Emma Lewin grew up in town, but she loves her chosen career in agriculture and is carving out a name for herself as a top young shepherd, taking out this year’s Tararua Shepherd of the Year. Rebecca Harper went to meet her.
Seeing animals grow and knowing she has played a part in influencing that is one of Emma Lewin’s favourite things about shepherding.
The 25-year-old from Bulls has been shepherding for six years and hopes soon to move up to stock management level. A finalist in the Tararua Shepherd of the Year competition last year, she was blown away to take the title this year. Emma has been in her job as shepherd general for Pohuetai Farms, owned by the Knight family, for 18 months. The farm, near Dannevirke, is 2000 hectares in total, but she works mainly on the Tara block, which is 655ha (effective).
“The whole farm is a combination of stud cattle and commercial breeding ewes, with a small handful of breeding cows. We fatten our own lambs as well as buying in a lot of lambs and trade cattle each year.”
Working under the block manager on Tara, she has responsibility for the two-tooths and hoggets that go to a terminal sire.
“I grew up in a little town called Bulls, though it is quite a rural town and we had a farm over the back fence from us. I went to high school in Feilding and did ag as a subject right from Year 9,” she says.
“When I was about 16 I started relief milking to earn some money in the weekends and holidays. It was then I went on a taster course at Taratahi and started to think farming could be a job for me. Before that I thought I was going to be an army medic.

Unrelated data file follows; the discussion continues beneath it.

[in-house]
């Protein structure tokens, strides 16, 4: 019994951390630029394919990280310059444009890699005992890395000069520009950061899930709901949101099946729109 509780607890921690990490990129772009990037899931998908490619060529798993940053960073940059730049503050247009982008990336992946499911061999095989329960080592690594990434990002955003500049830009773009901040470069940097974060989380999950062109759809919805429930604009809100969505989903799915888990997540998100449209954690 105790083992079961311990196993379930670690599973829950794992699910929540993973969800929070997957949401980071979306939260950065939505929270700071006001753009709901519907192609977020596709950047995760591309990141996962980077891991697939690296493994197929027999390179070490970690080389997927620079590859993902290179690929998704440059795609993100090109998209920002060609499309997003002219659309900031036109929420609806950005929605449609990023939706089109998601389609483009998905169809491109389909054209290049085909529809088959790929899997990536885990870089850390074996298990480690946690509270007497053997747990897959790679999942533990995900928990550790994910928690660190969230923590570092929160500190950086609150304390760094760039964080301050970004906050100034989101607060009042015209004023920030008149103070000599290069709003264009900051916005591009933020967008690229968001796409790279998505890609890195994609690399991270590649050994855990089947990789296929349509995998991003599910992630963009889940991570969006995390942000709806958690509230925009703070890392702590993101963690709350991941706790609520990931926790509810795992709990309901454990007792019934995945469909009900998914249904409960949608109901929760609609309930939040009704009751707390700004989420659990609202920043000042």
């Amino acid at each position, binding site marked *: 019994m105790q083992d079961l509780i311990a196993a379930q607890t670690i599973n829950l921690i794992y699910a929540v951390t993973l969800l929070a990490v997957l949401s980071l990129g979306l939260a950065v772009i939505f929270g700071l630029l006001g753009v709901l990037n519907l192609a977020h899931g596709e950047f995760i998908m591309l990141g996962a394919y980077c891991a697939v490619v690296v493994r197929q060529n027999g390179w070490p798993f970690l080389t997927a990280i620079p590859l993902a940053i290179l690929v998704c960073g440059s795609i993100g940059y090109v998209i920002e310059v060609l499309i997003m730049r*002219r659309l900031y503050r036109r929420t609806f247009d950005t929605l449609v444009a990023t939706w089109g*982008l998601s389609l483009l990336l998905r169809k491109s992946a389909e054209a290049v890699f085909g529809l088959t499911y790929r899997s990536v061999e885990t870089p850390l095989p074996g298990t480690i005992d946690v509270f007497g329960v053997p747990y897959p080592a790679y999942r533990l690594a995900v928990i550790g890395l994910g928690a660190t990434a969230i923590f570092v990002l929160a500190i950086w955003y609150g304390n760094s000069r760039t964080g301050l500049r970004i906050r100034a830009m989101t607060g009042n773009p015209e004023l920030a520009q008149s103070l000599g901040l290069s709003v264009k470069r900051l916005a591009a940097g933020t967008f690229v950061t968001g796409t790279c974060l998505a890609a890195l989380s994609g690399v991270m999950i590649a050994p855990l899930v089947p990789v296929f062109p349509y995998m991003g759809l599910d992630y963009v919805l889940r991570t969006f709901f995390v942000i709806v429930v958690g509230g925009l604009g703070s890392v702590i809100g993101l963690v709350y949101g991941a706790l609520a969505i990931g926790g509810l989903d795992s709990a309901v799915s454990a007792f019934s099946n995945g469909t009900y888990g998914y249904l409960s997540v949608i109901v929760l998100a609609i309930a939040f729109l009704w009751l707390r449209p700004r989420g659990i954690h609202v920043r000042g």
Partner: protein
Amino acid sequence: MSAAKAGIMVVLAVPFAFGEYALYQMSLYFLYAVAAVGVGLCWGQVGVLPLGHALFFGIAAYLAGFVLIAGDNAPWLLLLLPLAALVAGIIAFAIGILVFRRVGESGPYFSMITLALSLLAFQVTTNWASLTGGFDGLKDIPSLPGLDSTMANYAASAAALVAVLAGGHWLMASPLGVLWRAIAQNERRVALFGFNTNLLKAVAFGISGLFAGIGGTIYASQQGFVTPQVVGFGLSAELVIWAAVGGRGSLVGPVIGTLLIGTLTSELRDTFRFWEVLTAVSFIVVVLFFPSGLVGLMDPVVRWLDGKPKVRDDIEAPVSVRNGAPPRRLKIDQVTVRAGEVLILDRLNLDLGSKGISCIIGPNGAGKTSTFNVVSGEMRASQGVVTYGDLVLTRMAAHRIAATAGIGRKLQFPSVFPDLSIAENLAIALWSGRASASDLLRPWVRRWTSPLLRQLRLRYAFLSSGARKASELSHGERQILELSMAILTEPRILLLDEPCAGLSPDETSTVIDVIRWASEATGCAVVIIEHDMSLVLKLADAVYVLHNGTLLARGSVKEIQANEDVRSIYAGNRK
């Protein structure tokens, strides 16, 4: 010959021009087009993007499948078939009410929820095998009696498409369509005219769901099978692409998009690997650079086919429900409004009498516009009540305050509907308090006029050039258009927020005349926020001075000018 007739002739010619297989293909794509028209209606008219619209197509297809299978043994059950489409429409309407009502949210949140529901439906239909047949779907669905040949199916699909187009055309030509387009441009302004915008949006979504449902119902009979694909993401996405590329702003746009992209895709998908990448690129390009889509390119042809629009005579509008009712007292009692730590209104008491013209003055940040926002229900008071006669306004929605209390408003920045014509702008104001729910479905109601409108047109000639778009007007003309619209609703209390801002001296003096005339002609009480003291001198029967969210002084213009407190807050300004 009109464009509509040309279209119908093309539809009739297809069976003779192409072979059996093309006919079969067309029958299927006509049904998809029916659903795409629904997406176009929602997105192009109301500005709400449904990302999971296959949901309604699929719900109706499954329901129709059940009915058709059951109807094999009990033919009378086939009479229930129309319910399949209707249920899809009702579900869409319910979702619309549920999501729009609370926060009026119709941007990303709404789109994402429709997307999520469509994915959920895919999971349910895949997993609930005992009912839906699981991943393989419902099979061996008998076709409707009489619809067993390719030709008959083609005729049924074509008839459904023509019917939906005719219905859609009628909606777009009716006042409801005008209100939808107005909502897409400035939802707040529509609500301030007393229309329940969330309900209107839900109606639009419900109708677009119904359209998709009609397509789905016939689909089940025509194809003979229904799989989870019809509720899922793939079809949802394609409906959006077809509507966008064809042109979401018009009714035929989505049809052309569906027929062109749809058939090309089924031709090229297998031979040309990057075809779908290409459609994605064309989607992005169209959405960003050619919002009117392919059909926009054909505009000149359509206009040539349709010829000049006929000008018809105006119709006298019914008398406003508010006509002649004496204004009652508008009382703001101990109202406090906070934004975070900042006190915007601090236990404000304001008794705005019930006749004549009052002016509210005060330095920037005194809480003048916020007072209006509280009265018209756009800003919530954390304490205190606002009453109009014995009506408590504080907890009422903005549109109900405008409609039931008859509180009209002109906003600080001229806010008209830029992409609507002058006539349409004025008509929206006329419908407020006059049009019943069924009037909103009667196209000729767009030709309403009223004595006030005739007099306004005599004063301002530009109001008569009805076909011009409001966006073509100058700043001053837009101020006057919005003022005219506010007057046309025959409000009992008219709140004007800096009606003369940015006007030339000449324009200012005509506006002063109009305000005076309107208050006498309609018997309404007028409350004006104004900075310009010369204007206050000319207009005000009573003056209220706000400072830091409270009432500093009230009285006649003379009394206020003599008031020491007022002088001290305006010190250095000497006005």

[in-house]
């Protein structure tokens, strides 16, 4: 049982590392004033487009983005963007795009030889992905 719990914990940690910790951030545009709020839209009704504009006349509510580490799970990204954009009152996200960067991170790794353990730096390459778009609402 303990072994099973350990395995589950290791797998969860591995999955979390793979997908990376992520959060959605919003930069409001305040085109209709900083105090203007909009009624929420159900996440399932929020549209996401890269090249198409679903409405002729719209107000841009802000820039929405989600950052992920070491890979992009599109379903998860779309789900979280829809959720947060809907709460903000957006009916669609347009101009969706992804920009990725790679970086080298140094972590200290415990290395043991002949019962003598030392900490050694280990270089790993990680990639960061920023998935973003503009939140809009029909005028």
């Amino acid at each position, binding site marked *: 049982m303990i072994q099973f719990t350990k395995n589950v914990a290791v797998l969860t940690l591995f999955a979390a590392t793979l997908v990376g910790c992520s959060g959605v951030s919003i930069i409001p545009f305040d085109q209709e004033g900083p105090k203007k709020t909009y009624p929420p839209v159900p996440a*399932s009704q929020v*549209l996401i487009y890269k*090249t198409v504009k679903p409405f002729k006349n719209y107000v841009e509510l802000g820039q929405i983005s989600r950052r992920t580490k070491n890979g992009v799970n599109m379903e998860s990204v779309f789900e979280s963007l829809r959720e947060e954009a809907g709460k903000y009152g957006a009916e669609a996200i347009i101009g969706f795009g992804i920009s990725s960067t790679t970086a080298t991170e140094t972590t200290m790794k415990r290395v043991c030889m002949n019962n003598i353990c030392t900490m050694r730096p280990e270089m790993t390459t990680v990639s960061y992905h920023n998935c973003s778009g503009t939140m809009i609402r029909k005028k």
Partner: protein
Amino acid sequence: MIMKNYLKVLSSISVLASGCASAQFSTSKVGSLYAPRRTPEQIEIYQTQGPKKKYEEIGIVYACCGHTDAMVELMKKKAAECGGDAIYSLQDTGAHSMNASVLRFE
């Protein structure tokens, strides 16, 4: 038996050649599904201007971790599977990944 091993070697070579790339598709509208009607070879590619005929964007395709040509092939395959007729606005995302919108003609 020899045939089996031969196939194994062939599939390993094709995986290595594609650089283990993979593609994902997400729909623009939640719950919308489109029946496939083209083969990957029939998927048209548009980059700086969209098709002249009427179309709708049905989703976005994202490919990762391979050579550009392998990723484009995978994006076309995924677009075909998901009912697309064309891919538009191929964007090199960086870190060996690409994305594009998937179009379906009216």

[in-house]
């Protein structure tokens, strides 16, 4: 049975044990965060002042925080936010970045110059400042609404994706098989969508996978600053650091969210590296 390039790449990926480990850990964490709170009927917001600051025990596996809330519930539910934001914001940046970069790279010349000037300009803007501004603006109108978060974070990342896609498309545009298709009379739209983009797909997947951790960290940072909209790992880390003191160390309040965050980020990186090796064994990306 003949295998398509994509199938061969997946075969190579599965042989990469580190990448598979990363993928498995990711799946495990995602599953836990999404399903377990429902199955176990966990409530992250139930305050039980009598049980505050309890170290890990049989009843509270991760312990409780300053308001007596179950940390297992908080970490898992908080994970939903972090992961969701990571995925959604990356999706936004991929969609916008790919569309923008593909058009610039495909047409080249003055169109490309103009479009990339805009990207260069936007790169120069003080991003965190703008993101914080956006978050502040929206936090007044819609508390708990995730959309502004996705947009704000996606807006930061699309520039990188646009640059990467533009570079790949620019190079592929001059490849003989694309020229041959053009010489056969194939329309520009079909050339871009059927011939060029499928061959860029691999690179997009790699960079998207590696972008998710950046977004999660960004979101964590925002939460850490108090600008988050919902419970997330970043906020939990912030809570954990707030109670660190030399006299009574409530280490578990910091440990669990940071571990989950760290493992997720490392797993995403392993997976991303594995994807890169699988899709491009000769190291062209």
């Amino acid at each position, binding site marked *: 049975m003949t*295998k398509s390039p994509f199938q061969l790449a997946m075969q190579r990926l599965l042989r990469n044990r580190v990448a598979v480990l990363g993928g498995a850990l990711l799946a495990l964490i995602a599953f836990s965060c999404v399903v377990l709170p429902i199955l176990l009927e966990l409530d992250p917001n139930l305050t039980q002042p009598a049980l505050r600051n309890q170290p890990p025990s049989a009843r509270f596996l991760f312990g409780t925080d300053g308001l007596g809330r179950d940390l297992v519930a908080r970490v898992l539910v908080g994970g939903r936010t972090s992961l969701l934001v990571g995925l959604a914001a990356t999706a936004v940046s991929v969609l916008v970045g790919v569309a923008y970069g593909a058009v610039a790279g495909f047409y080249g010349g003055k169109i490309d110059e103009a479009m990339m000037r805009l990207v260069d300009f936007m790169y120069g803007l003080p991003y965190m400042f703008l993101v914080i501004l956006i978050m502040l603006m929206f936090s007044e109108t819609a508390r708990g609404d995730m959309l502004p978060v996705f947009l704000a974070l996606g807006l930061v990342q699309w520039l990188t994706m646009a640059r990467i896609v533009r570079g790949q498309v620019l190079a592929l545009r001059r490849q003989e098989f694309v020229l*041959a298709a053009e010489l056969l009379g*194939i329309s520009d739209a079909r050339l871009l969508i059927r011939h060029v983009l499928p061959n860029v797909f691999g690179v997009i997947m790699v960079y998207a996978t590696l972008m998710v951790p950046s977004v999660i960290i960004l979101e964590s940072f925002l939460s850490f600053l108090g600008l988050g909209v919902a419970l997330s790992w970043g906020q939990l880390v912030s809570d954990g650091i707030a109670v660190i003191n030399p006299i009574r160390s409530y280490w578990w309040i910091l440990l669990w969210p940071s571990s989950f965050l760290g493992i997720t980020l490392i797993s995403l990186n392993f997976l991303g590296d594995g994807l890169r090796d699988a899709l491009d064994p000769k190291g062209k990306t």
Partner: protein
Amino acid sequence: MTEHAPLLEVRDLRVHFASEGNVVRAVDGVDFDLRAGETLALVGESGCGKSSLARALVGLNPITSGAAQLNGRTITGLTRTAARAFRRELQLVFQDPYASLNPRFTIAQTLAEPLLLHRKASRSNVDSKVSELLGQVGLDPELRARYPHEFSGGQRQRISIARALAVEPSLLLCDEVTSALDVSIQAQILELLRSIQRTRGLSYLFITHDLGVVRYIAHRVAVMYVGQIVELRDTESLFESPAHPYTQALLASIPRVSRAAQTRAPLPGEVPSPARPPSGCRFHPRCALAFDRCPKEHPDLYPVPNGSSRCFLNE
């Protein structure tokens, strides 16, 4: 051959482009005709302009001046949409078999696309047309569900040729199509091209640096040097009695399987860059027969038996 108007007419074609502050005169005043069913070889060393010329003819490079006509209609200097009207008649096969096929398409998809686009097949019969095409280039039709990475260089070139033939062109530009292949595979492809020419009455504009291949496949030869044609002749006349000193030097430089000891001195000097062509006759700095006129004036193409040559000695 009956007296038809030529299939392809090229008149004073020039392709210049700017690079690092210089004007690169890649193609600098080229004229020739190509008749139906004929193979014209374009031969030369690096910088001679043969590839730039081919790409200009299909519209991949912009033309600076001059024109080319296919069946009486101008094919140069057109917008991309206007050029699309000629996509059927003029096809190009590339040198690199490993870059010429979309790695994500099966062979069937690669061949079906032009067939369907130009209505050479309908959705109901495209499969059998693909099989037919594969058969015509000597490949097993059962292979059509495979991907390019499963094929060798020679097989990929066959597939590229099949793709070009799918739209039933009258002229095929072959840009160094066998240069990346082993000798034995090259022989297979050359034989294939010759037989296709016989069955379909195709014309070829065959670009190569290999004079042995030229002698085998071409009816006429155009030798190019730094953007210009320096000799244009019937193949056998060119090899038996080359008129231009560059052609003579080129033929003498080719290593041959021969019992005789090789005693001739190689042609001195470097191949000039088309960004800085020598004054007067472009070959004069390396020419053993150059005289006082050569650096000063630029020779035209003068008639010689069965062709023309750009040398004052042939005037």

“Also, my mum’s friend was a dairy farmer when I was growing up, as a kid she was an inspiration – and still is.”
Emma left school and went to Taratahi, where she gained her Level 2 & 3 sheep & beef certificates and the Level 4 sheep certificate.
Her first job was in the Rakaia Gorge, mid-Canterbury, on a sheep, beef and deer property. She worked there for two years and during that time did night school and completed a Diploma in Agriculture from Lincoln University.
From there, she took a job working for Landcorp in Te Anau. “That was a sheep, beef and deer property, with a red hind stud. I was on the sheep and beef fattening unit and looked after different progeny trials, measured pasture cages and all sorts.”
Travel beckoned and Emma then spent two years overseas, first in Australia and then Scotland. She did all sorts, from being a rousie to driving tractors, pressing wool, looking after stud cattle, being a lambing assistant and even salt gritting the roads in winter – done at night when the temperature was below zero. After saving up and travelling around Europe for three months solid, Emma ran out of money and it was time to come home – she got the job at Pohuetai almost immediately.
“I’m quite experienced now and the stock manager doesn’t dictate the stock shifts on Tara. I know where everything is and when it needs doing I will go ahead and shift them. If bulls or cattle need weighing we will quite often do it together, but I can do it by myself too. We also work together between the two blocks, if we are drenching 1000 lambs I will go down and help.”
Emma says she was drawn to farming when she was younger because it was an adventure. “Being outdoors was a massive appeal. Being hands on and seeing things grow and knowing you have influenced them.